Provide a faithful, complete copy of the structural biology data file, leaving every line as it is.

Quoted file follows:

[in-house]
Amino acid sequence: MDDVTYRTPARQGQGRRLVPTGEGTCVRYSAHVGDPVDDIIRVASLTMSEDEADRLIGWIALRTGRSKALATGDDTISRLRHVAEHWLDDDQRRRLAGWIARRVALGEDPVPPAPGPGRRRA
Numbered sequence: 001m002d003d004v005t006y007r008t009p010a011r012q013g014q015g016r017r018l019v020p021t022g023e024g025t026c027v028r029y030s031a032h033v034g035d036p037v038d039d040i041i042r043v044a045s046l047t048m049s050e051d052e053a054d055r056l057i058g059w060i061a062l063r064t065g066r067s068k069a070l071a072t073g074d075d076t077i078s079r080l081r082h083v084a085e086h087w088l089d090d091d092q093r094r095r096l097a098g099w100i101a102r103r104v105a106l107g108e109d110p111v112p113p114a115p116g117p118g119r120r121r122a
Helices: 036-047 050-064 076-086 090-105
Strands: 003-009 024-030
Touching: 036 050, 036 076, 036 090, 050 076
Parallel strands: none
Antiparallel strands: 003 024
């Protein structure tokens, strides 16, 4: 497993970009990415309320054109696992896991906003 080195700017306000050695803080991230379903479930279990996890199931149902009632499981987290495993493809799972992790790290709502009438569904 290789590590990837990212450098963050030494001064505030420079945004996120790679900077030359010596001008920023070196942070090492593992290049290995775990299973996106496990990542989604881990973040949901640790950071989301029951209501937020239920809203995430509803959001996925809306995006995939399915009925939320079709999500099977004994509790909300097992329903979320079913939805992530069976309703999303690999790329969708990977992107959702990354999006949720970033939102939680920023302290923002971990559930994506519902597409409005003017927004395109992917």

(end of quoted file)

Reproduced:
[in-house]
Amino acid sequence: MDDVTYRTPARQGQGRRLVPTGEGTCVRYSAHVGDPVDDIIRVASLTMSEDEADRLIGWIALRTGRSKALATGDDTISRLRHVAEHWLDDDQRRRLAGWIARRVALGEDPVPPAPGPGRRRA
Numbered sequence: 001m002d003d004v005t006y007r008t009p010a011r012q013g014q015g016r017r018l019v020p021t022g023e024g025t026c027v028r029y030s031a032h033v034g035d036p037v038d039d040i041i042r043v044a045s046l047t048m049s050e051d052e053a054d055r056l057i058g059w060i061a062l063r064t065g066r067s068k069a070l071a072t073g074d075d076t077i078s079r080l081r082h083v084a085e086h087w088l089d090d091d092q093r094r095r096l097a098g099w100i101a102r103r104v105a106l107g108e109d110p111v112p113p114a115p116g117p118g119r120r121r122a
Helices: 036-047 050-064 076-086 090-105
Strands: 003-009 024-030
Touching: 036 050, 036 076, 036 090, 050 076
Parallel strands: none
Antiparallel strands: 003 024
């Protein structure tokens, strides 16, 4: 497993970009990415309320054109696992896991906003 080195700017306000050695803080991230379903479930279990996890199931149902009632499981987290495993493809799972992790790290709502009438569904 290789590590990837990212450098963050030494001064505030420079945004996120790679900077030359010596001008920023070196942070090492593992290049290995775990299973996106496990990542989604881990973040949901640790950071989301029951209501937020239920809203995430509803959001996925809306995006995939399915009925939320079709999500099977004994509790909300097992329903979320079913939805992530069976309703999303690999790329969708990977992107959702990354999006949720970033939102939680920023302290923002971990559930994506519902597409409005003017927004395109992917």